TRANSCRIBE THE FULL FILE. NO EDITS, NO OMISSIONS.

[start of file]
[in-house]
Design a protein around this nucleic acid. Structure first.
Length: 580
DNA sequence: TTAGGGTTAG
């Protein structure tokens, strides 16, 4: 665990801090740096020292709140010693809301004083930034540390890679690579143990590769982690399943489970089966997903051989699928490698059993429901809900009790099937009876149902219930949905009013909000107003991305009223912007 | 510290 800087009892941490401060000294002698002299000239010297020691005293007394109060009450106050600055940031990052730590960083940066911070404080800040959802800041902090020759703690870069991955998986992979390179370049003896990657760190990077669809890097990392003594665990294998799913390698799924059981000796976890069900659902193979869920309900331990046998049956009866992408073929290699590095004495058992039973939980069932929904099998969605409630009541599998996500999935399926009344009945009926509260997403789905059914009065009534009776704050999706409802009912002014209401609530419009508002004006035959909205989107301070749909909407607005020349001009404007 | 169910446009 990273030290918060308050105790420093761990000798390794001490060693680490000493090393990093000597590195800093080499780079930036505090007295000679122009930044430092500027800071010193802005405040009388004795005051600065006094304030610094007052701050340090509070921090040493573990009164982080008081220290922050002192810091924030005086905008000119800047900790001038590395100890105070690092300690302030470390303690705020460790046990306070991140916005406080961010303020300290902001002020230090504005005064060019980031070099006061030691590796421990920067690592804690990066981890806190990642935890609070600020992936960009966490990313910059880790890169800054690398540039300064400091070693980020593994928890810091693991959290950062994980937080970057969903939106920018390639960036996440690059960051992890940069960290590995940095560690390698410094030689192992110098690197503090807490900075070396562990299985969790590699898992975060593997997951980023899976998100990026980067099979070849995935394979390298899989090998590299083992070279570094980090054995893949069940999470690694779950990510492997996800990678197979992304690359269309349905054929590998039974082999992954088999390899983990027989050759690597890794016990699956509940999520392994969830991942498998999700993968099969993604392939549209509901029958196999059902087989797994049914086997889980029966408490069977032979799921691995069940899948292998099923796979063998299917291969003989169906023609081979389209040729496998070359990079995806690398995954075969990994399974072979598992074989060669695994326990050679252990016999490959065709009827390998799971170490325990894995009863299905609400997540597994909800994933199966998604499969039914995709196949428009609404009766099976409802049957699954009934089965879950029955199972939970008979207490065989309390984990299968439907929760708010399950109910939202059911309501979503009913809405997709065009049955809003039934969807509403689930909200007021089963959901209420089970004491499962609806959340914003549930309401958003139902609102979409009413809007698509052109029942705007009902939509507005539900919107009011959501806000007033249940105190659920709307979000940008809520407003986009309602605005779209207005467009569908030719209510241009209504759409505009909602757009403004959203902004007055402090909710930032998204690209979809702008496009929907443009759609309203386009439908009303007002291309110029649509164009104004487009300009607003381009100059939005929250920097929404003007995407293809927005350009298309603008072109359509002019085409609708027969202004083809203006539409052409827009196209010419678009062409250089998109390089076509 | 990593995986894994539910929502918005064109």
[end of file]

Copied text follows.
[in-house]
Design a protein around this nucleic acid. Structure first.
Length: 580
DNA sequence: TTAGGGTTAG
């Protein structure tokens, strides 16, 4: 665990801090740096020292709140010693809301004083930034540390890679690579143990590769982690399943489970089966997903051989699928490698059993429901809900009790099937009876149902219930949905009013909000107003991305009223912007 | 510290 800087009892941490401060000294002698002299000239010297020691005293007394109060009450106050600055940031990052730590960083940066911070404080800040959802800041902090020759703690870069991955998986992979390179370049003896990657760190990077669809890097990392003594665990294998799913390698799924059981000796976890069900659902193979869920309900331990046998049956009866992408073929290699590095004495058992039973939980069932929904099998969605409630009541599998996500999935399926009344009945009926509260997403789905059914009065009534009776704050999706409802009912002014209401609530419009508002004006035959909205989107301070749909909407607005020349001009404007 | 169910446009 990273030290918060308050105790420093761990000798390794001490060693680490000493090393990093000597590195800093080499780079930036505090007295000679122009930044430092500027800071010193802005405040009388004795005051600065006094304030610094007052701050340090509070921090040493573990009164982080008081220290922050002192810091924030005086905008000119800047900790001038590395100890105070690092300690302030470390303690705020460790046990306070991140916005406080961010303020300290902001002020230090504005005064060019980031070099006061030691590796421990920067690592804690990066981890806190990642935890609070600020992936960009966490990313910059880790890169800054690398540039300064400091070693980020593994928890810091693991959290950062994980937080970057969903939106920018390639960036996440690059960051992890940069960290590995940095560690390698410094030689192992110098690197503090807490900075070396562990299985969790590699898992975060593997997951980023899976998100990026980067099979070849995935394979390298899989090998590299083992070279570094980090054995893949069940999470690694779950990510492997996800990678197979992304690359269309349905054929590998039974082999992954088999390899983990027989050759690597890794016990699956509940999520392994969830991942498998999700993968099969993604392939549209509901029958196999059902087989797994049914086997889980029966408490069977032979799921691995069940899948292998099923796979063998299917291969003989169906023609081979389209040729496998070359990079995806690398995954075969990994399974072979598992074989060669695994326990050679252990016999490959065709009827390998799971170490325990894995009863299905609400997540597994909800994933199966998604499969039914995709196949428009609404009766099976409802049957699954009934089965879950029955199972939970008979207490065989309390984990299968439907929760708010399950109910939202059911309501979503009913809405997709065009049955809003039934969807509403689930909200007021089963959901209420089970004491499962609806959340914003549930309401958003139902609102979409009413809007698509052109029942705007009902939509507005539900919107009011959501806000007033249940105190659920709307979000940008809520407003986009309602605005779209207005467009569908030719209510241009209504759409505009909602757009403004959203902004007055402090909710930032998204690209979809702008496009929907443009759609309203386009439908009303007002291309110029649509164009104004487009300009607003381009100059939005929250920097929404003007995407293809927005350009298309603008072109359509002019085409609708027969202004083809203006539409052409827009196209010419678009062409250089998109390089076509 | 990593995986894994539910929502918005064109």